The furry one, still not happy about his relegation to the status of luggage, so we relented, and allowed him to travel in first class with us. He had to settle for the floor, as the plush seating was out of bounds.
Oscar in first class
Prior to our departure there was an opportunity to visit the footplate. The engineer and fireman were both busy making final preparations. As an interesting fact, the engine today would consume three quarters of a ton of coal, during its eight trips up and down the line. I also thought that the training to be an engineer would be fairly long, but was informed that the process can be completed in twelve months, with the right aptitude.
Hitched and ready to go
The journey to Shenton takes about 35 minutes, with a stop at Market Bosworth on route. On arrival at Shenton we walked up to the site of the Bosworth battlefield information centre, and enjoyed a pleasant lunch in the warm sun. Returning to Shackerstone station, we visited the museum, where one of the staff shared their boiled egg lunch with Oscar.
Railway artefacts of a bygone age
Tomorrow we head off for services at Market Bosworth Marina, and then onto Shenton for a couple of days. Needing to enter a Marina will almost certainly guarantee some windy conditions.

Saturday, 8 April 2017


Last night as I put the bungs into the potholes, I saw the evening sky foretold the fine weekend weather ahead. Red sky at night, shepherds delight, as the saying goes.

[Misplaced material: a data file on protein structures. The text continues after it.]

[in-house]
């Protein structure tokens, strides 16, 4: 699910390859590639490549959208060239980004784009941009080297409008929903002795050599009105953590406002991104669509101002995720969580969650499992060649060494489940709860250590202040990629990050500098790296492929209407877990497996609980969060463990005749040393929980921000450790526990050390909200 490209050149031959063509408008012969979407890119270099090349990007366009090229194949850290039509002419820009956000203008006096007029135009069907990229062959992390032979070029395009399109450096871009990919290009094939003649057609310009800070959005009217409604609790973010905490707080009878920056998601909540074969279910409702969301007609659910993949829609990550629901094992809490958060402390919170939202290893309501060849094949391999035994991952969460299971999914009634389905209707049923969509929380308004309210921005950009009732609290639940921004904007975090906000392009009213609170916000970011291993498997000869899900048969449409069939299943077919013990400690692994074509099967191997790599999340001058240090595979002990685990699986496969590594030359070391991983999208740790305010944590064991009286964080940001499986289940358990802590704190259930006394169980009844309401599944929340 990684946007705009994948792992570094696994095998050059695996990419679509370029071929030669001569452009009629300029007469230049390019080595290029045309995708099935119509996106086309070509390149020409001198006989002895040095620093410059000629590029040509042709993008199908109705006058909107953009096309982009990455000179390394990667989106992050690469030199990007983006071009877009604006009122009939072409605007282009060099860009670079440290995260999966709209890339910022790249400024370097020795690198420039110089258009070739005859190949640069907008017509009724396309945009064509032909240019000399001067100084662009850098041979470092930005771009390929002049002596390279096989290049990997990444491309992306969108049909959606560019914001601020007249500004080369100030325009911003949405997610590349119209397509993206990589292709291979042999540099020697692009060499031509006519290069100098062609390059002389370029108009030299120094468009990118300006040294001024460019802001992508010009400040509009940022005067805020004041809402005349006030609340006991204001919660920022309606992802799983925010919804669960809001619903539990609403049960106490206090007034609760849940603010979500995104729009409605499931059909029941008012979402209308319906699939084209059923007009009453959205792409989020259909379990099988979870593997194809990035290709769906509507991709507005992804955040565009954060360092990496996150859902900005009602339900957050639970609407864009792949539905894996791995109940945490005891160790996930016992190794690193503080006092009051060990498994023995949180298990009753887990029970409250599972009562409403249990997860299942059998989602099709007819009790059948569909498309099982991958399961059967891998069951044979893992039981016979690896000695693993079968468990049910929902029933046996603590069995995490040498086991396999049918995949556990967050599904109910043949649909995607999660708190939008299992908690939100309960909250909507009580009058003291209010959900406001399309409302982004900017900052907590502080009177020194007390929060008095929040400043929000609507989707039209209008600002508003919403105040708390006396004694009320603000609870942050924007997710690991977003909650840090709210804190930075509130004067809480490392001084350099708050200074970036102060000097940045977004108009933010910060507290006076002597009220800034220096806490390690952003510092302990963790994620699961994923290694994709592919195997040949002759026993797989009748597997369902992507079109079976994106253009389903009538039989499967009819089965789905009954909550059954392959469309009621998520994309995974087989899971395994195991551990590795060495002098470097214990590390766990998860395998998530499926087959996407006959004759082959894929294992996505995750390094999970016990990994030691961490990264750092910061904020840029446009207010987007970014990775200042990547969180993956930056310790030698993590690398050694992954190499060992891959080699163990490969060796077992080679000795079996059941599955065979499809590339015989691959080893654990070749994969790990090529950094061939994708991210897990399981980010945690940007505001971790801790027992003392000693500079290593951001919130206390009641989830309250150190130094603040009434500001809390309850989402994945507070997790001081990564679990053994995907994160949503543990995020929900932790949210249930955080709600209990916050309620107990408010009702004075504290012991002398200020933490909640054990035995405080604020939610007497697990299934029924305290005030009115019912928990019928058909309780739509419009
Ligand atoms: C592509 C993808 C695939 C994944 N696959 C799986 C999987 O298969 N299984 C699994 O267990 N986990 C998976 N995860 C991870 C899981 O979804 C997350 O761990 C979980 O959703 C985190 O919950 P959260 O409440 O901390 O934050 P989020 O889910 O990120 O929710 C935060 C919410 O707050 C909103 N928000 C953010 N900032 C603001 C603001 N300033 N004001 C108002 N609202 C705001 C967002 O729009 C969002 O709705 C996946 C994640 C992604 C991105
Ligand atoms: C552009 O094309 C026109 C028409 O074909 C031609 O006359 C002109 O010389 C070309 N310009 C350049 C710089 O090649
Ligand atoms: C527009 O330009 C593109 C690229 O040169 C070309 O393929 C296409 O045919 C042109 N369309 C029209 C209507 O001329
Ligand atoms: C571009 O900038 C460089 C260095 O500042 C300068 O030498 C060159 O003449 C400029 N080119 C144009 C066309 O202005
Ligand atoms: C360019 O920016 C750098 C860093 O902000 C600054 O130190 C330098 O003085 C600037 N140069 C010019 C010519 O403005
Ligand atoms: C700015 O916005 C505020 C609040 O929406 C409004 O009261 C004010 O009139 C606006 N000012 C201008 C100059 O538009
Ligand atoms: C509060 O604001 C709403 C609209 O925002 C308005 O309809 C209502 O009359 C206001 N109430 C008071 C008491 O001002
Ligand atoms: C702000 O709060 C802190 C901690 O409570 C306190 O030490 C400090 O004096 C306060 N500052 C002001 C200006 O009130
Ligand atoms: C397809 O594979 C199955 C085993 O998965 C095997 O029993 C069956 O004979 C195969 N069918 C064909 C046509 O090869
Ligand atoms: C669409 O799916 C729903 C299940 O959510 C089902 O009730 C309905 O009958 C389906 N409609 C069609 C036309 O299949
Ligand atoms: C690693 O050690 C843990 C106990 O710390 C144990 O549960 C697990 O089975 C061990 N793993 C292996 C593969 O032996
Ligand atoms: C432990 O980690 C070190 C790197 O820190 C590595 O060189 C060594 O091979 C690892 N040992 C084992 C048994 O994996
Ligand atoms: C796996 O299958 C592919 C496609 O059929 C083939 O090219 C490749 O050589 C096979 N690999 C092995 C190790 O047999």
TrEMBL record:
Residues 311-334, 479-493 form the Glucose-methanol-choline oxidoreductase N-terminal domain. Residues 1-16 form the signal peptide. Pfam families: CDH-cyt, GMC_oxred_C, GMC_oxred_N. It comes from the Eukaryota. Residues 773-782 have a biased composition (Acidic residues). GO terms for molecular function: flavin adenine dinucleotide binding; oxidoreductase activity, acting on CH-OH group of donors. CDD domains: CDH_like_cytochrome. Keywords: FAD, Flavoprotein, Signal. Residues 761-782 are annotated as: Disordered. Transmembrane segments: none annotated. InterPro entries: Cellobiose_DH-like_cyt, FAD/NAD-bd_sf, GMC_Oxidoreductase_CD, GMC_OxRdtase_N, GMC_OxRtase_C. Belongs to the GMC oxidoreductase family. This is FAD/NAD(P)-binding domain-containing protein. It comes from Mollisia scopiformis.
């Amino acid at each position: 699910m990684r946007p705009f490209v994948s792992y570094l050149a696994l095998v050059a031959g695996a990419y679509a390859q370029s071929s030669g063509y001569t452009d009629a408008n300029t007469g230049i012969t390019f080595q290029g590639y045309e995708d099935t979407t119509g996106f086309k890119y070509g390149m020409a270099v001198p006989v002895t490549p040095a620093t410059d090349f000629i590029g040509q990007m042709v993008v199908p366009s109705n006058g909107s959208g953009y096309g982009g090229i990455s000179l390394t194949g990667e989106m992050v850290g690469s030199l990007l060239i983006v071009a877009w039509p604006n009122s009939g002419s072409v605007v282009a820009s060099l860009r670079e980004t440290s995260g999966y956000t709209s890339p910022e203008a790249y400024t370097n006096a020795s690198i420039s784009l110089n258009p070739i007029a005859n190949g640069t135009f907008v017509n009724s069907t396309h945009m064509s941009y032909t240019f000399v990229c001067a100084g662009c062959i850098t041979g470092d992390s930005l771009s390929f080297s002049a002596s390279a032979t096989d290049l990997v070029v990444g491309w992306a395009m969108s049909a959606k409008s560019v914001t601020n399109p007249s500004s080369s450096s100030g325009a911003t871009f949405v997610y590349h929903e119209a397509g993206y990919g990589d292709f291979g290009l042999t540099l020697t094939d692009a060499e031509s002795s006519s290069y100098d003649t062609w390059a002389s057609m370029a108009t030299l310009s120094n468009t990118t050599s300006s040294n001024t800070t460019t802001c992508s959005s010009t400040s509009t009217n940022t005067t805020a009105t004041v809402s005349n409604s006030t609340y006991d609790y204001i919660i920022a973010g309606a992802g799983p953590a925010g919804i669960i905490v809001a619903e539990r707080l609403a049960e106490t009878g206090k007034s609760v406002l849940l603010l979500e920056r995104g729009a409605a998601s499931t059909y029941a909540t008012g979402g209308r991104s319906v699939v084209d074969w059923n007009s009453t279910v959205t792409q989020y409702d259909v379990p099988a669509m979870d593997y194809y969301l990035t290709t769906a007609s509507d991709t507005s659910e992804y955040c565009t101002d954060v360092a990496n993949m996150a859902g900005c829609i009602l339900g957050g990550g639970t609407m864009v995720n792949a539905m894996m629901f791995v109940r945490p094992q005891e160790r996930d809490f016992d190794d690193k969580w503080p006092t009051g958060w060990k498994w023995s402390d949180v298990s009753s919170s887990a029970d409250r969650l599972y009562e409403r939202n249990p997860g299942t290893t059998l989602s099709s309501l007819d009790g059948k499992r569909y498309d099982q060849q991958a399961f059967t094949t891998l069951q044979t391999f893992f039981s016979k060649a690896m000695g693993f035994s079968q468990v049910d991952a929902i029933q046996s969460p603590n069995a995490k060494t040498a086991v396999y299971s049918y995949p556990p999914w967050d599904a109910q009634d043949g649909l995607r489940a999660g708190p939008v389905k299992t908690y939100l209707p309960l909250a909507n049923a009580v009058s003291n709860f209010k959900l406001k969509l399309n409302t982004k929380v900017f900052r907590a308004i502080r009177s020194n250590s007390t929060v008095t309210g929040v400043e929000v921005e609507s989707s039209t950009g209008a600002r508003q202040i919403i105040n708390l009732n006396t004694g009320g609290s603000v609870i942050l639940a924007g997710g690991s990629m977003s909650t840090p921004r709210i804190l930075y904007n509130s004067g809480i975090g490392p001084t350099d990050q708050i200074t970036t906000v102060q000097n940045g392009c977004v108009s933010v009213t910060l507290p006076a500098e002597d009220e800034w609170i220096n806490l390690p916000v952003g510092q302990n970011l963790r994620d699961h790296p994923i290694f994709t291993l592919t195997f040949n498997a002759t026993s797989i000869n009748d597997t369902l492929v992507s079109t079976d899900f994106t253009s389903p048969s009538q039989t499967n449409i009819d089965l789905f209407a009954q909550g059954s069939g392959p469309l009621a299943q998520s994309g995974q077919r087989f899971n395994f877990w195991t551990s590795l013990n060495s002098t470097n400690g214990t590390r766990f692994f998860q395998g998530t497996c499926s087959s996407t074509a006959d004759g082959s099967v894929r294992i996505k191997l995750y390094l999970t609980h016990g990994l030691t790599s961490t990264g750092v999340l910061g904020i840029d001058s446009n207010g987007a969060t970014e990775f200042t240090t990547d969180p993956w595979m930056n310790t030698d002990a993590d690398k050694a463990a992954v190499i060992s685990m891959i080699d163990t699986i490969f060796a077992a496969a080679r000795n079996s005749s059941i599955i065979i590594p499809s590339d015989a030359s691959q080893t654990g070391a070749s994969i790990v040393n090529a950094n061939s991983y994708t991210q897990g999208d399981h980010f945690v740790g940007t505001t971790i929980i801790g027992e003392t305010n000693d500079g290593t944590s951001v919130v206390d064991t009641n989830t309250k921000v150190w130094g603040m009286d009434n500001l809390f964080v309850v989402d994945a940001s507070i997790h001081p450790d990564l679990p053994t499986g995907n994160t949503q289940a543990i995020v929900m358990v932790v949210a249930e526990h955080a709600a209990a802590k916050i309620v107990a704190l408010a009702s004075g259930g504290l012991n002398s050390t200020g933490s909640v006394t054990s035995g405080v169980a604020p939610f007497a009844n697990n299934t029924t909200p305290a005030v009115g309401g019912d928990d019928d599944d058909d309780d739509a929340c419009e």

Sunset at Snarestone
This morning not a cloud in the sky. After breakfast and disposing some rubbish, we got underway. It was 10 am, and the cruise to Shackerstone would take little over an hour. First it was through the crooked tunnel, before emerging back into the warm, glorious sunshine.
Inside the tunnel
As the weather was so nice, I reduced the engine revs below our normal cruising speed, in order to extend our relatively short journey time. This also allowed the opportunity to take some photographs of the Leicestershire countryside.
Views across Leicestershire
All to soon we arrived at Shackerstone. The mooring spot we had identified on the way up was vacant, so we slotted into position. The time 1130, the sun was now high, in the still cloudless sky. This will ensure that the batteries receive a good charge from the solar panel today.
Mooring at Shackerstone
After securing the boat, we went off in search of the battlefield line steam railway. It was easy to find, by simply following the sound of the engine whistling, and the huge puffs of smoke, bellowing above the trees from the smoke stack. This was to reintroduce Oscar, to the noise and smells of a hissing steam train. The first blast on the whistle woke him up, but after that he was fine. More about the trains in tomorrow's exciting instalment.